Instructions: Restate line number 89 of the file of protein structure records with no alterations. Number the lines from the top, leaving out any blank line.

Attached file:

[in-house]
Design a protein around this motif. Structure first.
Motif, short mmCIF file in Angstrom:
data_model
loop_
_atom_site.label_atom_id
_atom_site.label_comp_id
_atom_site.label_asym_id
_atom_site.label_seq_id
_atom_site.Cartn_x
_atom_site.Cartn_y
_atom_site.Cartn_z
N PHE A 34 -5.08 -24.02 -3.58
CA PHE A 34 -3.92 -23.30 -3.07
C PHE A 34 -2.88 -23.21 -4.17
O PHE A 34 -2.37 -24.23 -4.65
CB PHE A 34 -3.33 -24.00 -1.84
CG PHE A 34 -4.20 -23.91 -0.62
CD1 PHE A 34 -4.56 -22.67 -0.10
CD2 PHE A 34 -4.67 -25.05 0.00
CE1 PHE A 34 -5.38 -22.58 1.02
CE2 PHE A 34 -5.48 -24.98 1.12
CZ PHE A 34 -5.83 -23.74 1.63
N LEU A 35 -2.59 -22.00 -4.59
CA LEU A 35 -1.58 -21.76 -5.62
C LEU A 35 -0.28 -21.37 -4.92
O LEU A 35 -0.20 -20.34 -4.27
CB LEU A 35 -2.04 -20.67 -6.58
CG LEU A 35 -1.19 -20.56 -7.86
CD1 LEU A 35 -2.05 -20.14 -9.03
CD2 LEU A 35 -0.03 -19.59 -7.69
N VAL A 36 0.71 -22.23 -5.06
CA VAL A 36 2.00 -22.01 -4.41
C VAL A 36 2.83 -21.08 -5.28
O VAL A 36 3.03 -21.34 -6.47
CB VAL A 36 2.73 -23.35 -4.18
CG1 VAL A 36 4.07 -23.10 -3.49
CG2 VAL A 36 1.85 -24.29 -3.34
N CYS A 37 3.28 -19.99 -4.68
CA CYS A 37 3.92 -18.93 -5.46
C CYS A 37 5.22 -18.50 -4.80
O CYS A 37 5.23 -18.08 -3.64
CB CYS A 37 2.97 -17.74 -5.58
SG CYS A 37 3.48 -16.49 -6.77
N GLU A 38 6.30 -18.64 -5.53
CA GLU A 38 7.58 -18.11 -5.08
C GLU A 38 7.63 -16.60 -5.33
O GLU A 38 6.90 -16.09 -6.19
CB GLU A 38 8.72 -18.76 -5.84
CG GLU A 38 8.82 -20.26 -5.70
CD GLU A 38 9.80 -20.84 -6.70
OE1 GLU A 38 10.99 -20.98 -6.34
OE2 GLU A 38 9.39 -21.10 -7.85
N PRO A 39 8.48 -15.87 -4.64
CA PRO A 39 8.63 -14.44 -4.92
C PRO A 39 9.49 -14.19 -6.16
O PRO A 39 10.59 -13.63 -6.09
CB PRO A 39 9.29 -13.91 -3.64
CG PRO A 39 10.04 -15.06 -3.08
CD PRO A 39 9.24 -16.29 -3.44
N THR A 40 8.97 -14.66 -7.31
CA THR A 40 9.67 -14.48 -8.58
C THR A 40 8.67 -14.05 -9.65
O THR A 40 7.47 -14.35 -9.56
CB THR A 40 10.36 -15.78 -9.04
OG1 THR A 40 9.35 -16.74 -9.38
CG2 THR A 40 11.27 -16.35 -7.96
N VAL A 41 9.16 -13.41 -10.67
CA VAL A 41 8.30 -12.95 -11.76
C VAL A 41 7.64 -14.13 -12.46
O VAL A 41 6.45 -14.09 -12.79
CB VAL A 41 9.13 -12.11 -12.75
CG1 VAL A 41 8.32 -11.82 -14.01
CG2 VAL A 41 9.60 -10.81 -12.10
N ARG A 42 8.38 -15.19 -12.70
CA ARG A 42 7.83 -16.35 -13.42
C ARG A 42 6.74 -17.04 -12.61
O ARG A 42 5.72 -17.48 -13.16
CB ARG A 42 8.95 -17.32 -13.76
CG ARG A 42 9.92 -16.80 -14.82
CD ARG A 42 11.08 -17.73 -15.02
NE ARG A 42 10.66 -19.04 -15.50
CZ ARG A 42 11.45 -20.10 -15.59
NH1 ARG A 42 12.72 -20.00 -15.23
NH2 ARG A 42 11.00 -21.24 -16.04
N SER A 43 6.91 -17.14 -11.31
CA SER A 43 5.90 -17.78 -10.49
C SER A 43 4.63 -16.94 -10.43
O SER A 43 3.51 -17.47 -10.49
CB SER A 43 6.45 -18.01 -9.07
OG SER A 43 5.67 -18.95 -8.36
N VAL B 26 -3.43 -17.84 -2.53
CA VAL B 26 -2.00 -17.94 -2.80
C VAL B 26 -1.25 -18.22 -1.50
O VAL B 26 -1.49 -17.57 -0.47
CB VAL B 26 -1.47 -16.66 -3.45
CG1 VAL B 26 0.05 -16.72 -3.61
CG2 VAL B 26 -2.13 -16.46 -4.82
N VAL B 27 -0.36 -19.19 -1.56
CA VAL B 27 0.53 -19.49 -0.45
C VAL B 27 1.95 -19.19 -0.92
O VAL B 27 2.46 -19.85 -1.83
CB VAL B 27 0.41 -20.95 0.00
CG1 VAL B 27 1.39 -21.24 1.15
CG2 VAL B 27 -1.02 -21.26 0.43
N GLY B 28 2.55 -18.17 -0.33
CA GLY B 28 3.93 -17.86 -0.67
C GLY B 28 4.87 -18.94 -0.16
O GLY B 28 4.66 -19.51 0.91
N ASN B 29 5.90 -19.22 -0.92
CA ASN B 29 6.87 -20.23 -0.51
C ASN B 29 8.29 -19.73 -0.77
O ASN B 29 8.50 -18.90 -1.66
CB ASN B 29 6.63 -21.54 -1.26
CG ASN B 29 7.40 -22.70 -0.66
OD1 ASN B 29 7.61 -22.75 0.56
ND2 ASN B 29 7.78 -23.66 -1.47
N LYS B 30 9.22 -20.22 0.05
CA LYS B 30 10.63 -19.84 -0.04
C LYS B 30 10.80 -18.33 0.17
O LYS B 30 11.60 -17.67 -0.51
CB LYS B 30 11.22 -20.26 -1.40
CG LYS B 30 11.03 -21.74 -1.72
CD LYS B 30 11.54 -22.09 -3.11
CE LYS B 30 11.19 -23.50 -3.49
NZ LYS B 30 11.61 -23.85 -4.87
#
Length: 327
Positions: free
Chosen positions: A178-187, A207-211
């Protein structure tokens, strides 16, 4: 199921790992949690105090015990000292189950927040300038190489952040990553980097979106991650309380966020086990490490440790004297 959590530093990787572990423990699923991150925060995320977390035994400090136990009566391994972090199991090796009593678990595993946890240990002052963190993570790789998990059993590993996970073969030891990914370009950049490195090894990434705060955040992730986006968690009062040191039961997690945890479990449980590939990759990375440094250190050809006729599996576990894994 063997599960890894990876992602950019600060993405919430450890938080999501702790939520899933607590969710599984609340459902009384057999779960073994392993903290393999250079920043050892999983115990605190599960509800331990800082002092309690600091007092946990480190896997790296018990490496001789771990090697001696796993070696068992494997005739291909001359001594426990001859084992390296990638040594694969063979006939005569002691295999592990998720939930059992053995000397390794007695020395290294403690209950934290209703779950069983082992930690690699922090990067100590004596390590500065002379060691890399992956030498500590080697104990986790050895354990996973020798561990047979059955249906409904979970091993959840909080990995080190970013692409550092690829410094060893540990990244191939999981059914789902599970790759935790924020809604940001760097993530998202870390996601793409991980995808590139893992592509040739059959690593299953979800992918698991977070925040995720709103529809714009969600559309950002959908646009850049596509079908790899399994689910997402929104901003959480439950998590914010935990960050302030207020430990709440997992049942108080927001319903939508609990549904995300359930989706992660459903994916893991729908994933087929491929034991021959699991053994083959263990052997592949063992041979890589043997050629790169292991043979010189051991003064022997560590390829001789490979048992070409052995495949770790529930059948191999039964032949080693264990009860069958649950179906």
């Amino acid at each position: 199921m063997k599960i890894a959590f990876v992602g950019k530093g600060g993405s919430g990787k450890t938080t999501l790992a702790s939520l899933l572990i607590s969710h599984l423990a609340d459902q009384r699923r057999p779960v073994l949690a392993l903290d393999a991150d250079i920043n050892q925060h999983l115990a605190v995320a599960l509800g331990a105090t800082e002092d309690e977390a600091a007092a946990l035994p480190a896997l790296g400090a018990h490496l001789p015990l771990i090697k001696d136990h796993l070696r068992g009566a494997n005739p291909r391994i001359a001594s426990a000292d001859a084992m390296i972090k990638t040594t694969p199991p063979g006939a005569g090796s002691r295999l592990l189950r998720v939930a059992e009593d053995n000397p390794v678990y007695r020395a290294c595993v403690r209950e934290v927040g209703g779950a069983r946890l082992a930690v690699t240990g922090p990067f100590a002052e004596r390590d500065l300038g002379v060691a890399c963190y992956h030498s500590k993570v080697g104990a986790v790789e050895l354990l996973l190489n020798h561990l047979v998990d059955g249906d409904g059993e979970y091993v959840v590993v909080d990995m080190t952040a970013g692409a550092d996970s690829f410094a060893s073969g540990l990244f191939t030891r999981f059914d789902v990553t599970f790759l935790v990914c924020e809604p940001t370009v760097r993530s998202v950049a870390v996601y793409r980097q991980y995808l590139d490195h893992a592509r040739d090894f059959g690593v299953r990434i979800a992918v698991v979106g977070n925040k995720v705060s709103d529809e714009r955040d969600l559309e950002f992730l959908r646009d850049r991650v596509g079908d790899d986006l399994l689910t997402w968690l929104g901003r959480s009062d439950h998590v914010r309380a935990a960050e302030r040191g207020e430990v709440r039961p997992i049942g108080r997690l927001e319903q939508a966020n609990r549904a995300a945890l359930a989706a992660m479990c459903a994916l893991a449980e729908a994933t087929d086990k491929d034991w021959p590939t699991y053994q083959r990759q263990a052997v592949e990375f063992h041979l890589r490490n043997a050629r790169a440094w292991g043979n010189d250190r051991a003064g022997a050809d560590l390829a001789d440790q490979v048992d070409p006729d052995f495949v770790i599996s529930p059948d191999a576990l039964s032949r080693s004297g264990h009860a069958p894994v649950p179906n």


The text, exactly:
O SER A 43 3.51 -17.47 -10.49